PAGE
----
minnehaha falls and back
21 degrees / feels like 11
Right before my run, walking on my block, I heard something that reminded me of a noise I recently heard while watching a ski cross competition on tv: the low growling buzz of the drones that were following the skiers on the course. At first, I thought that the noise I was hearing just sounded like a drone. Then, I looked to my right, and saw a drone, hovering above the street. I looked around, but didn’t see anyone. I don’t think I’ve ever seen a drone “in the wild.” I decided it must be for taking pictures of the biggest and most expensive house on my block that is just about to go on the market. Scott agreed, adding, “when you’re asking that much (almost 700,000), you’ve got to get drone pictures.” Wow.
Ran south to the falls. Felt a bit tired, my legs sluggish. Too many days in row running? Probably. Still enjoyed being outside and moving. Heard the kids at the Minnehaha Academy playground, then the teacher blowing the whistle ending recess. Before this winter, I don’t remember hearing this whistle. Am I running at a slightly different time, or is there a new teacher who likes a whistle, or what? Encountered some fat tires, walkers with dogs, walkers without dogs, runners bundled up, runners running with dogs, a walker with yaktrax on, the soft click-clacking of their cleats on bare pavement. I wondered why she was wearing them when so much of the path was clear; I decide to imagine that she had spent most of her time down in the gorge, hiking on snow below, and not on bare asphalt above. The falls, and the creek it dumps into, looked frozen. The river was a boring, endless white. I heard the tin-whistle chirp of a robin (is that possible this time of year?).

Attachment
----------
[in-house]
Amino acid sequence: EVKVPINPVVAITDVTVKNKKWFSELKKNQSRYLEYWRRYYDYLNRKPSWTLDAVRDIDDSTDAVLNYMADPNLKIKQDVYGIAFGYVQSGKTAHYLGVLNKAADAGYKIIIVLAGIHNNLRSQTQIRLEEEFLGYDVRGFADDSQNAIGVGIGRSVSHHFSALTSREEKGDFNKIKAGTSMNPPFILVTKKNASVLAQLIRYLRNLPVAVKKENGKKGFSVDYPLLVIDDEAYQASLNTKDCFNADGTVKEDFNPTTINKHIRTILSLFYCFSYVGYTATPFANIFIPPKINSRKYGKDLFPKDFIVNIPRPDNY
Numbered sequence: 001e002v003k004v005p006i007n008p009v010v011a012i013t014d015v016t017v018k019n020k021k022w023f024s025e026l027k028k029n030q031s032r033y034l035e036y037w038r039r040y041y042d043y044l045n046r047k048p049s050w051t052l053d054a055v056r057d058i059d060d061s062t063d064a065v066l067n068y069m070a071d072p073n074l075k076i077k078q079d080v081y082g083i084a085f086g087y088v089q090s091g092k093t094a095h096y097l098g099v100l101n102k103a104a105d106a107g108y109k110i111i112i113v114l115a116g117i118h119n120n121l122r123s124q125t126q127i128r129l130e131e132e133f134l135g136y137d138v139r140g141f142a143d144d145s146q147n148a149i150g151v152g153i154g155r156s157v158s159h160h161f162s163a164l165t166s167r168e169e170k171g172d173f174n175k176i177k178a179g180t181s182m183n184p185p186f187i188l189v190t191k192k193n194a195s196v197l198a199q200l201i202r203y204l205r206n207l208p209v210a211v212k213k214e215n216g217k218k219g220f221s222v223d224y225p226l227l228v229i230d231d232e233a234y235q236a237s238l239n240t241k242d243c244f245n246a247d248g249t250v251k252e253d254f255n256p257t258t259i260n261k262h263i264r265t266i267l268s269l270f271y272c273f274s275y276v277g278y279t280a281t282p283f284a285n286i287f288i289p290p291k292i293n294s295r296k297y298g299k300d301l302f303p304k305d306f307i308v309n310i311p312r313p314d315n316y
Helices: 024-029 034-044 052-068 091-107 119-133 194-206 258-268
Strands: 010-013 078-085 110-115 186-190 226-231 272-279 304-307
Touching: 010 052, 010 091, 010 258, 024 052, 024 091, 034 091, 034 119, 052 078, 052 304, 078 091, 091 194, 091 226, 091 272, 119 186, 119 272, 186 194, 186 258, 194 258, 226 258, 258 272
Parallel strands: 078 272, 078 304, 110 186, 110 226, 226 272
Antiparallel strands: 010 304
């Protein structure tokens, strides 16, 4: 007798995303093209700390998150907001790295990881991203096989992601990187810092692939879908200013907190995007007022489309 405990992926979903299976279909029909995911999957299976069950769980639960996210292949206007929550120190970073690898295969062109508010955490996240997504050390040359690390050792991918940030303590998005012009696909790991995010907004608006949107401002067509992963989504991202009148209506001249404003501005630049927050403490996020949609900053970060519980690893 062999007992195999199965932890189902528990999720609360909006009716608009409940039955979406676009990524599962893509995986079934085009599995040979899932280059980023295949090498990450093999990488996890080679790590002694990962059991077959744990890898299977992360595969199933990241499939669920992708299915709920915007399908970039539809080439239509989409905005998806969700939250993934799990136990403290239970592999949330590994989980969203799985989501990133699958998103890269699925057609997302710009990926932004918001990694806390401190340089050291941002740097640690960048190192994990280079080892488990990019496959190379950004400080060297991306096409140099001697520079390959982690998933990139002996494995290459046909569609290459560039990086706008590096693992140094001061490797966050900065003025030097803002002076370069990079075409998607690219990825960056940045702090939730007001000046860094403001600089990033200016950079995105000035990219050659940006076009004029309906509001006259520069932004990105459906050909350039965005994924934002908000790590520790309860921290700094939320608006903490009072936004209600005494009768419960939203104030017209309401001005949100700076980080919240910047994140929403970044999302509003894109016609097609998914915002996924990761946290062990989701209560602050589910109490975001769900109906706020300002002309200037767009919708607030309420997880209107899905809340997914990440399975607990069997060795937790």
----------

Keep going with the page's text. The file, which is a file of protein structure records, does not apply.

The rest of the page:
No headphones running south, a playlist running north. I thought about reciting a poem in my head as I ran, but didn’t. Didn’t have any deep thoughts that I remember. No counting or chanting.
As I was trying to find a poem to post here, I found something else: a collection of hybrid essays titled, Green, Green, Green by Gillian Osbourne. Yes! I love the color green, and reading about green, and writing about green. In addition to the book, here is an excerpt from Osbourne in Harpers, and a podcast about this book and another of my favorites, Waterlog by Roger Deakins.